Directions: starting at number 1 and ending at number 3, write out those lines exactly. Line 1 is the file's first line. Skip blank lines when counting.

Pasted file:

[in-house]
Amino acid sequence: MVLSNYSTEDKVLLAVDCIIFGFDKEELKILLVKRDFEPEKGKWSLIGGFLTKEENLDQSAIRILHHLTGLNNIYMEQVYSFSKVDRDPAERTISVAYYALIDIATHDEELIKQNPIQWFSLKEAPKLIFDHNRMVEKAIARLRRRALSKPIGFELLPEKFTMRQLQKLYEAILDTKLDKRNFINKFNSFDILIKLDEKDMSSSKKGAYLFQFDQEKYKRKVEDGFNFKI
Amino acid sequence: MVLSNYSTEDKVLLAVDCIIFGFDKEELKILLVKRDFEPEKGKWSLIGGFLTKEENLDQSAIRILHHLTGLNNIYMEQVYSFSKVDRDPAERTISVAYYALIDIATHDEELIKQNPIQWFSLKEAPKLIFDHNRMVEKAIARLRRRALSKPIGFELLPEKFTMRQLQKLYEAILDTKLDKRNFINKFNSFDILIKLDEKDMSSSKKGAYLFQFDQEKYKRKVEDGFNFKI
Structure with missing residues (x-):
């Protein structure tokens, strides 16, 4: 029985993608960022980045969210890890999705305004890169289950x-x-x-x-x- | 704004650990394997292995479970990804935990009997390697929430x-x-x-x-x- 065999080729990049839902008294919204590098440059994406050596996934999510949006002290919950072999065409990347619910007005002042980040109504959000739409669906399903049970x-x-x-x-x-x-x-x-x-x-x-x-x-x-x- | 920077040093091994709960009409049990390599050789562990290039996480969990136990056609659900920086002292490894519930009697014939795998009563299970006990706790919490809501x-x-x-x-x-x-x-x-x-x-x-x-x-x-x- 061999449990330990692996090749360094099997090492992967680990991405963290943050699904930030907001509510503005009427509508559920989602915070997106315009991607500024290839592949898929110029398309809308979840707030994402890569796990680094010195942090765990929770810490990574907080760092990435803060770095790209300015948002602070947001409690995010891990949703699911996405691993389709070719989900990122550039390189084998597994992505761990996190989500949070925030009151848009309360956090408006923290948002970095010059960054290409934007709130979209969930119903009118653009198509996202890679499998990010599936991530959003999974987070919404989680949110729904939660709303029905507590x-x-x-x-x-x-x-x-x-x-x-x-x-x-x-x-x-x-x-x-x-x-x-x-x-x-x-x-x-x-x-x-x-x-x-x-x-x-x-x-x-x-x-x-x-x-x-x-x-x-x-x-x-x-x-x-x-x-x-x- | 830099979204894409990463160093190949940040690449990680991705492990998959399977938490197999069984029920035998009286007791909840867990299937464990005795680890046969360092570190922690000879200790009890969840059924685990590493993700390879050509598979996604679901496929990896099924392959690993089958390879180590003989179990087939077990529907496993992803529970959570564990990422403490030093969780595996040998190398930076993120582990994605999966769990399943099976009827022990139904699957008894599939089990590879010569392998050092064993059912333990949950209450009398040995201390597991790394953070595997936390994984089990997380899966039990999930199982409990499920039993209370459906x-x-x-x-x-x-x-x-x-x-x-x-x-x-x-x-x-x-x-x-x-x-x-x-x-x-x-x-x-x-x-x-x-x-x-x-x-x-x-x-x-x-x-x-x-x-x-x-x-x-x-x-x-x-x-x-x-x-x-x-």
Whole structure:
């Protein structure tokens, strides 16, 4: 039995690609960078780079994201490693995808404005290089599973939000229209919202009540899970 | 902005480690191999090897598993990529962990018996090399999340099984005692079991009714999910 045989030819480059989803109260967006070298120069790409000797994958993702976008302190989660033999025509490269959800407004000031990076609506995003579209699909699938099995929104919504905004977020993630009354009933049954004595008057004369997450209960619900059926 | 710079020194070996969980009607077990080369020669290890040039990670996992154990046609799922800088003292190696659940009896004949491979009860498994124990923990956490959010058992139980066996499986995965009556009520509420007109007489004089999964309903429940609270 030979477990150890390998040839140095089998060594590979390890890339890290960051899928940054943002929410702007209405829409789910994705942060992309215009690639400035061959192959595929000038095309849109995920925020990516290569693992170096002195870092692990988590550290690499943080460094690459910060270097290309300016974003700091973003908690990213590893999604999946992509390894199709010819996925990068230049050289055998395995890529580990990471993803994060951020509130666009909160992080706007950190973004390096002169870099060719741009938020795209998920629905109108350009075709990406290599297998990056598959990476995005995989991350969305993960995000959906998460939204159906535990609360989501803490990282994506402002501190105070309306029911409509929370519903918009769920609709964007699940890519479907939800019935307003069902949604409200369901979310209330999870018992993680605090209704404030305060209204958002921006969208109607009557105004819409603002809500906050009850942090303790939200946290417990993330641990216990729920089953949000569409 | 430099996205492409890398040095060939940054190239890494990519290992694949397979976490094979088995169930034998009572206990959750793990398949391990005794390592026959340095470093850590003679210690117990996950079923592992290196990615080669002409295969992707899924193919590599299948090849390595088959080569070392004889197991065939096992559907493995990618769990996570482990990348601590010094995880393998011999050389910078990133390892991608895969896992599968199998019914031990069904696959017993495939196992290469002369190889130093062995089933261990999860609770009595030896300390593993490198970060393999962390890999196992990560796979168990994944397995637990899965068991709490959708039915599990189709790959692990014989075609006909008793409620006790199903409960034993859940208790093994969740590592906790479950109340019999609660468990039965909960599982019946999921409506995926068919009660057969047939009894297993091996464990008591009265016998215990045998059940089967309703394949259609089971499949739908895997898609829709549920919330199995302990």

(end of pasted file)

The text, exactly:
[in-house]
Amino acid sequence: MVLSNYSTEDKVLLAVDCIIFGFDKEELKILLVKRDFEPEKGKWSLIGGFLTKEENLDQSAIRILHHLTGLNNIYMEQVYSFSKVDRDPAERTISVAYYALIDIATHDEELIKQNPIQWFSLKEAPKLIFDHNRMVEKAIARLRRRALSKPIGFELLPEKFTMRQLQKLYEAILDTKLDKRNFINKFNSFDILIKLDEKDMSSSKKGAYLFQFDQEKYKRKVEDGFNFKI
Amino acid sequence: MVLSNYSTEDKVLLAVDCIIFGFDKEELKILLVKRDFEPEKGKWSLIGGFLTKEENLDQSAIRILHHLTGLNNIYMEQVYSFSKVDRDPAERTISVAYYALIDIATHDEELIKQNPIQWFSLKEAPKLIFDHNRMVEKAIARLRRRALSKPIGFELLPEKFTMRQLQKLYEAILDTKLDKRNFINKFNSFDILIKLDEKDMSSSKKGAYLFQFDQEKYKRKVEDGFNFKI